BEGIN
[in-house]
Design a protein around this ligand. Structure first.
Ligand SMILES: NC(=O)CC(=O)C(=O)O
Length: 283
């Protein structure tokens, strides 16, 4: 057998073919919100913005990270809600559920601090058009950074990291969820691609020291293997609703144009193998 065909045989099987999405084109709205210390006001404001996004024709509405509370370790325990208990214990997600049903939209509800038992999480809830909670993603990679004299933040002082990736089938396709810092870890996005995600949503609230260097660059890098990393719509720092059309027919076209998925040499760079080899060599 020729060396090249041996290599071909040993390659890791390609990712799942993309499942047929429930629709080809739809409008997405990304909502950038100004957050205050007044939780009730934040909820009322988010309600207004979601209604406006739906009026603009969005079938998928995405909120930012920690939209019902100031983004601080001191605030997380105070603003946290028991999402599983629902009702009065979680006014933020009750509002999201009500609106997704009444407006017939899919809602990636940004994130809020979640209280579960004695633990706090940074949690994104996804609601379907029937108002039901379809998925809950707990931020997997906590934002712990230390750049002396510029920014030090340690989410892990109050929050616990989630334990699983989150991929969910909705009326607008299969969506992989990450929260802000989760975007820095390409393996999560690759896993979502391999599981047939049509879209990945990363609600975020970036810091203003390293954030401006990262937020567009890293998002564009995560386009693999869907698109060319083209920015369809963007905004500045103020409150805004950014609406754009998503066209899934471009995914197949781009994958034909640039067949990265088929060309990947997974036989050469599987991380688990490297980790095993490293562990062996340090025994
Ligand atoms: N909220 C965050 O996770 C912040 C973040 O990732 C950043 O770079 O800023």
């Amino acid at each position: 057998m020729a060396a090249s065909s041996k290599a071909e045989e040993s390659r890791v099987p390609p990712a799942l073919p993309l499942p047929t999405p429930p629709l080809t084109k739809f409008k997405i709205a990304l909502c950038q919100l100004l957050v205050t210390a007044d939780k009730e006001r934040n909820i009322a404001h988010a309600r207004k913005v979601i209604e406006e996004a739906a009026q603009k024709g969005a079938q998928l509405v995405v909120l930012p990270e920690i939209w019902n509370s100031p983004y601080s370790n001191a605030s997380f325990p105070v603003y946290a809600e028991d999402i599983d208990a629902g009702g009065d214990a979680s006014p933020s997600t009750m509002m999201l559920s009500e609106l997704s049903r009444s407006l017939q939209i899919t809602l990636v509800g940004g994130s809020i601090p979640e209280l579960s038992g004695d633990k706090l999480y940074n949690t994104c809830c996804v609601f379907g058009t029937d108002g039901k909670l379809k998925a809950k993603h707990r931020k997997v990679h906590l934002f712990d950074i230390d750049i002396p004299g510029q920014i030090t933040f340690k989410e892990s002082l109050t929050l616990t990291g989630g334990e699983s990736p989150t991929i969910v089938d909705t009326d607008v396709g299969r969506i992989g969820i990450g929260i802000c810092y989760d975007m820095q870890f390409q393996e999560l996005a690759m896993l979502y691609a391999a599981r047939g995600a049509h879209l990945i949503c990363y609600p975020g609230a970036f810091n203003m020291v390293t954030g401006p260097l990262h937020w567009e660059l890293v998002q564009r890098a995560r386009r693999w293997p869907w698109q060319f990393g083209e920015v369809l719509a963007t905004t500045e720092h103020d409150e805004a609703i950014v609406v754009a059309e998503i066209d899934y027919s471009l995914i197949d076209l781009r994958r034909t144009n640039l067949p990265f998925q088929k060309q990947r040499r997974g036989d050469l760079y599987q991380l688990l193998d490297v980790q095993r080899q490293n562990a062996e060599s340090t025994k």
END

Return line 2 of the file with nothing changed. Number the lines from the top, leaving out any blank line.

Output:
Design a protein around this ligand. Structure first.